Bare-knuckle Fed fires nuclear kitchen sink named ‘Big Bertha’ out of its bazooka: Morning Brief

Tuesday, March 24, 2020

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Speechless Fed watchers blown away by the emergency measures

On Monday morning, the Federal Reserve announced a slew of emergency measures designed to bolster the flow of credit to companies ranging from big corporations all the way down to small businesses as the coronavirus crisis stalls economic activity.

Yahoo Finance monetary policy reporter Brian Cheung has all the details.

But if you’re looking for a concise upshot, here’s how Pantheon Macroeconomics’ Ian Shepherdson put it: “This is an all-out effort to ensure that the business sector can continue to exist even as economic activity temporarily collapses. The Fed is now effectively the direct lender of last resort to the real economy, not just the financial system.”

Struggling to illustrate the scale of the measures, TD Securities’ Priya Misra was left asking, “What’s bigger than a kitchen sink?“

Wells Fargo’s Jay Bryson attempted to answer that question by comparing it to what the Bernanke-led Fed did during the last economic crisis: “The actions taken are breath-taking in their scope. Indeed, these steps surpass in breadth and depth the measures that the Fed created in the midst of the financial crisis a decade ago. If the Fed pulled out a monetary policy ‘bazooka’ during that crisis, then the steps it announced this morning are the central bank equivalent of ‘going nuclear.’”

These Fed watchers can probably sympathize with Vin Diesel’s character Dominic Toretto, who in “Furious 7” was speechless as he attempted to express his deep emotions. And so he resorted to saying: “The words ain’t even been invented yet.”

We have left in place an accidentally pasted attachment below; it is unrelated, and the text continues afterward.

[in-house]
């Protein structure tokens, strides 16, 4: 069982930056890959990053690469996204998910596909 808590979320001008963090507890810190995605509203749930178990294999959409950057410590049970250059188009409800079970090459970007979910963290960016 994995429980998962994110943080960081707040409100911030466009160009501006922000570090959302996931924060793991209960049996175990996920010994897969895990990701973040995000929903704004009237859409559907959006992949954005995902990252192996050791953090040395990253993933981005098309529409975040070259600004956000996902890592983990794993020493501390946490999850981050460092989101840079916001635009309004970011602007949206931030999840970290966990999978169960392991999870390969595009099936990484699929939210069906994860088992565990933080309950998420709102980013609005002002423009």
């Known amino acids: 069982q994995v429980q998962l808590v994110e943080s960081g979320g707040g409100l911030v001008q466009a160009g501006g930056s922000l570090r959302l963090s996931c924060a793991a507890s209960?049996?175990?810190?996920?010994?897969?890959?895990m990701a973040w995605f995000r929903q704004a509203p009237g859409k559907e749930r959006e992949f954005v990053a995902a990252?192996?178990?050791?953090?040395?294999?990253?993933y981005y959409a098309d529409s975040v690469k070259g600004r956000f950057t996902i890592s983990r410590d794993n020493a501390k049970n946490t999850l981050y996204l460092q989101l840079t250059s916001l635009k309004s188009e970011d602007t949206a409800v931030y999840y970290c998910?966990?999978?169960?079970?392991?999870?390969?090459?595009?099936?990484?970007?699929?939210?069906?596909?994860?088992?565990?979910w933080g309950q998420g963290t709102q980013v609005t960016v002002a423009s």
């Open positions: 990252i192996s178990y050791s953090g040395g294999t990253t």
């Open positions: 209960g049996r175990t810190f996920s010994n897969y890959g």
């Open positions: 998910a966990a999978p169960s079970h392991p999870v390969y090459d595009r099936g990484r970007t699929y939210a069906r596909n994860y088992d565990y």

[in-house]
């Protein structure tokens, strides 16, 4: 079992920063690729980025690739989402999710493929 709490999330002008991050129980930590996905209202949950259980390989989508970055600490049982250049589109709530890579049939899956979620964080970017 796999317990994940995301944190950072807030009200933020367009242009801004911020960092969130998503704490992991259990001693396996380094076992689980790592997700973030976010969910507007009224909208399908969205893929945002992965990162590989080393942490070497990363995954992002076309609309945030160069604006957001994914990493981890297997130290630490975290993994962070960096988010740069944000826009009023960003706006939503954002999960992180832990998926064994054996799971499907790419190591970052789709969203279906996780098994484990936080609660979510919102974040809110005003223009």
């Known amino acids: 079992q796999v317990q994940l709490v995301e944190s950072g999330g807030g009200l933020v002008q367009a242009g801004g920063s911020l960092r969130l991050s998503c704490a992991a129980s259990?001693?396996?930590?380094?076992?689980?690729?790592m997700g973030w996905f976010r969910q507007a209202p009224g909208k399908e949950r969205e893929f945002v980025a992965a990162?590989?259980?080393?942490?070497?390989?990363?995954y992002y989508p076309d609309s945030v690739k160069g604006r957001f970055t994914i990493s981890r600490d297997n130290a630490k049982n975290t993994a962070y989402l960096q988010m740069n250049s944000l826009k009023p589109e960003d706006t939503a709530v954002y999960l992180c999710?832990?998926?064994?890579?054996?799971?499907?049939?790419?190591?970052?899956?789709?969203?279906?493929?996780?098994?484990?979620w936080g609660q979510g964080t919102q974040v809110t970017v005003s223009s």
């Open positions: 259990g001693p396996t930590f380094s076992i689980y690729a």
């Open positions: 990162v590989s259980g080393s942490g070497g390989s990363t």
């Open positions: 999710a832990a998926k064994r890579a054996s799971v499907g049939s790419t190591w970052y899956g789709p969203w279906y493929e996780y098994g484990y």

The Fed took unprecedented action on Monay. (Getty)

“Powell rolls out Big Bertha,” JPMorgan’s Michael Feroli wrote.

In a tweet, BlackRock’s Rick Rieder said the Fed had “taken off its gloves for a bare-knuckled battle against the forces of uncertainty and deflation!”

Indeed, that battle against the forces of uncertainty continues. There remains a lot of uncertainty, including uncertainty around the timing and makeup of fiscal stimulus, and uncertainty around the full impact of COVID-19.

Nevertheless, the Fed’s cumulative actions to date appear to be a big step toward stemming the crisis, which has been characterized by “deep tail risks.”

“It removes one key element of the uncertainty facing investors, though the other two—the extent and duration of the spread of the disease, and the ultimate fiscal response—are still unknown,” Shepherdson said.

And so while markets may have fallen on Monday, this is not necessarily an indictment of the Fed. But rather a reflection of persistent uncertainty fiscal stimulus gets held up and confirmed COVID-19 cases continue to surge.

By Sam Ro, managing editor. Follow him at @SamRo

What to watch today


  • 9:45 a.m. ET: Markit U.S. Manufacturing PMI, March preliminary (44.0 expected, 50.7 prior)

  • 9:45 a.m. ET: Markit U.S. Services PMI, March preliminary (42.0 expected, 49.4 prior)

  • 9:45 a.m. ET: Markit U.S. Composite PMI, March preliminary (49.6 prior)

  • 10 a.m. ET: New Home Sales, February (750,000 expected, 764,000 in January); New Home Sales month-on-month, February (-1.8% expected, 7.9% in January)

  • 10 a.m. ET: Richmond Fed Manufacturing Index, March (-10 expected, -2 in February)




Top News

UNITED STATES – MARCH 17: Treasury Secretary Steven Mnuchin, delivers remarks on the coronavirus relief package after the Senate Republican Policy luncheon in Russell Building on Tuesday, March 17, 2020. (Photo By Tom Williams/CQ-Roll Call, Inc via Getty Images)

Mnuchin: Negotiators ‘very close’ to deal on coronavirus stimulus [Reuters]

European stocks rebound as UK goes into coronavirus lockdown [Yahoo Finance UK]

Coronavirus pushes eurozone to largest plunge in business activity ever [Yahoo Finance UK]

A ‘very bullish’ Bill Ackman is an ‘aggressive buyer’ of stocks in coronavirus panic [Yahoo Finance]

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